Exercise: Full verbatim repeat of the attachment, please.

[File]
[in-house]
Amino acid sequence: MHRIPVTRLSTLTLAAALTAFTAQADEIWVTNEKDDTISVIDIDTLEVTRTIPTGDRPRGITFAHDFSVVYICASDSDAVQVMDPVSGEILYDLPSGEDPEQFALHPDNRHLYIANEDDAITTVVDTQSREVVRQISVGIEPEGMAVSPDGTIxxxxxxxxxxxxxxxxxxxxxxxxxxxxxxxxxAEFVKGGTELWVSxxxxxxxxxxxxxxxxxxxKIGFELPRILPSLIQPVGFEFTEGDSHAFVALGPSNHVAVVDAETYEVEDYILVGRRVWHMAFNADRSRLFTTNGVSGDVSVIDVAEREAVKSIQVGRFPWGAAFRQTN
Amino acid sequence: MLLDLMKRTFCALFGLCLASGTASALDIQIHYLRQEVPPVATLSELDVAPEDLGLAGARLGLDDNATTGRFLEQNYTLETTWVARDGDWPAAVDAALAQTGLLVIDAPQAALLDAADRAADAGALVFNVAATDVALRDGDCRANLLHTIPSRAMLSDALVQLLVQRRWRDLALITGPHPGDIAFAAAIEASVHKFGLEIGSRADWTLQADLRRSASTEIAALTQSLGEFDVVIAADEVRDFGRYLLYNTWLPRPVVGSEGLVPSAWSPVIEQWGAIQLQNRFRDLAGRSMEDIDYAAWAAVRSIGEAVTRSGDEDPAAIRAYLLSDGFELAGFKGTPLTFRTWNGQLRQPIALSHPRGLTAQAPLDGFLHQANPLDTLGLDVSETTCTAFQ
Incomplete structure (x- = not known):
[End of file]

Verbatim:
[in-house]
Amino acid sequence: MHRIPVTRLSTLTLAAALTAFTAQADEIWVTNEKDDTISVIDIDTLEVTRTIPTGDRPRGITFAHDFSVVYICASDSDAVQVMDPVSGEILYDLPSGEDPEQFALHPDNRHLYIANEDDAITTVVDTQSREVVRQISVGIEPEGMAVSPDGTIxxxxxxxxxxxxxxxxxxxxxxxxxxxxxxxxxAEFVKGGTELWVSxxxxxxxxxxxxxxxxxxxKIGFELPRILPSLIQPVGFEFTEGDSHAFVALGPSNHVAVVDAETYEVEDYILVGRRVWHMAFNADRSRLFTTNGVSGDVSVIDVAEREAVKSIQVGRFPWGAAFRQTN
Amino acid sequence: MLLDLMKRTFCALFGLCLASGTASALDIQIHYLRQEVPPVATLSELDVAPEDLGLAGARLGLDDNATTGRFLEQNYTLETTWVARDGDWPAAVDAALAQTGLLVIDAPQAALLDAADRAADAGALVFNVAATDVALRDGDCRANLLHTIPSRAMLSDALVQLLVQRRWRDLALITGPHPGDIAFAAAIEASVHKFGLEIGSRADWTLQADLRRSASTEIAALTQSLGEFDVVIAADEVRDFGRYLLYNTWLPRPVVGSEGLVPSAWSPVIEQWGAIQLQNRFRDLAGRSMEDIDYAAWAAVRSIGEAVTRSGDEDPAAIRAYLLSDGFELAGFKGTPLTFRTWNGQLRQPIALSHPRGLTAQAPLDGFLHQANPLDTLGLDVSETTCTAFQ
Incomplete structure (x- = not known):